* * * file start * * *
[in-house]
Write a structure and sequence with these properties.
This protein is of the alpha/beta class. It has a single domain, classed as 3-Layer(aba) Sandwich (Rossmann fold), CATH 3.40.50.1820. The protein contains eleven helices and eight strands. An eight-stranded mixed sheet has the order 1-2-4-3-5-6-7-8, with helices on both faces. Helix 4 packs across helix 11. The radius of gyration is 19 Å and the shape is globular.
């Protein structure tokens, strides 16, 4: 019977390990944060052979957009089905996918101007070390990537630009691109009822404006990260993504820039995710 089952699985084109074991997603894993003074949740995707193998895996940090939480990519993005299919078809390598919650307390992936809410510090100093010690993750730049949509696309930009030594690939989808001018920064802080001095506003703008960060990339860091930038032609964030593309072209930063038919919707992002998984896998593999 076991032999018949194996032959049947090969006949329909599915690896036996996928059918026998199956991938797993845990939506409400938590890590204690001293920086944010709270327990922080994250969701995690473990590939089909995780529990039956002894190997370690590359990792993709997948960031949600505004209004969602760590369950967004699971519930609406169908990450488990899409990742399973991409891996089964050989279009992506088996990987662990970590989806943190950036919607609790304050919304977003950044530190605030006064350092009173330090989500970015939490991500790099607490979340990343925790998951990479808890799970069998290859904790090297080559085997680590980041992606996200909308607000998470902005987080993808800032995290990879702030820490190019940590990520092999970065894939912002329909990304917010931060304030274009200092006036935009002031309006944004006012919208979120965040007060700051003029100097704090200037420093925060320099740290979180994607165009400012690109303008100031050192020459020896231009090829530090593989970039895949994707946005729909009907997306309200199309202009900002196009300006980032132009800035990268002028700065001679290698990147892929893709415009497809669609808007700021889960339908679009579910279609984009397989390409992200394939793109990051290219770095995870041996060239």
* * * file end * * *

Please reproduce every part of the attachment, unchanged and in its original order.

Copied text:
[in-house]
Write a structure and sequence with these properties.
This protein is of the alpha/beta class. It has a single domain, classed as 3-Layer(aba) Sandwich (Rossmann fold), CATH 3.40.50.1820. The protein contains eleven helices and eight strands. An eight-stranded mixed sheet has the order 1-2-4-3-5-6-7-8, with helices on both faces. Helix 4 packs across helix 11. The radius of gyration is 19 Å and the shape is globular.
């Protein structure tokens, strides 16, 4: 019977390990944060052979957009089905996918101007070390990537630009691109009822404006990260993504820039995710 089952699985084109074991997603894993003074949740995707193998895996940090939480990519993005299919078809390598919650307390992936809410510090100093010690993750730049949509696309930009030594690939989808001018920064802080001095506003703008960060990339860091930038032609964030593309072209930063038919919707992002998984896998593999 076991032999018949194996032959049947090969006949329909599915690896036996996928059918026998199956991938797993845990939506409400938590890590204690001293920086944010709270327990922080994250969701995690473990590939089909995780529990039956002894190997370690590359990792993709997948960031949600505004209004969602760590369950967004699971519930609406169908990450488990899409990742399973991409891996089964050989279009992506088996990987662990970590989806943190950036919607609790304050919304977003950044530190605030006064350092009173330090989500970015939490991500790099607490979340990343925790998951990479808890799970069998290859904790090297080559085997680590980041992606996200909308607000998470902005987080993808800032995290990879702030820490190019940590990520092999970065894939912002329909990304917010931060304030274009200092006036935009002031309006944004006012919208979120965040007060700051003029100097704090200037420093925060320099740290979180994607165009400012690109303008100031050192020459020896231009090829530090593989970039895949994707946005729909009907997306309200199309202009900002196009300006980032132009800035990268002028700065001679290698990147892929893709415009497809669609808007700021889960339908679009579910279609984009397989390409992200394939793109990051290219770095995870041996060239």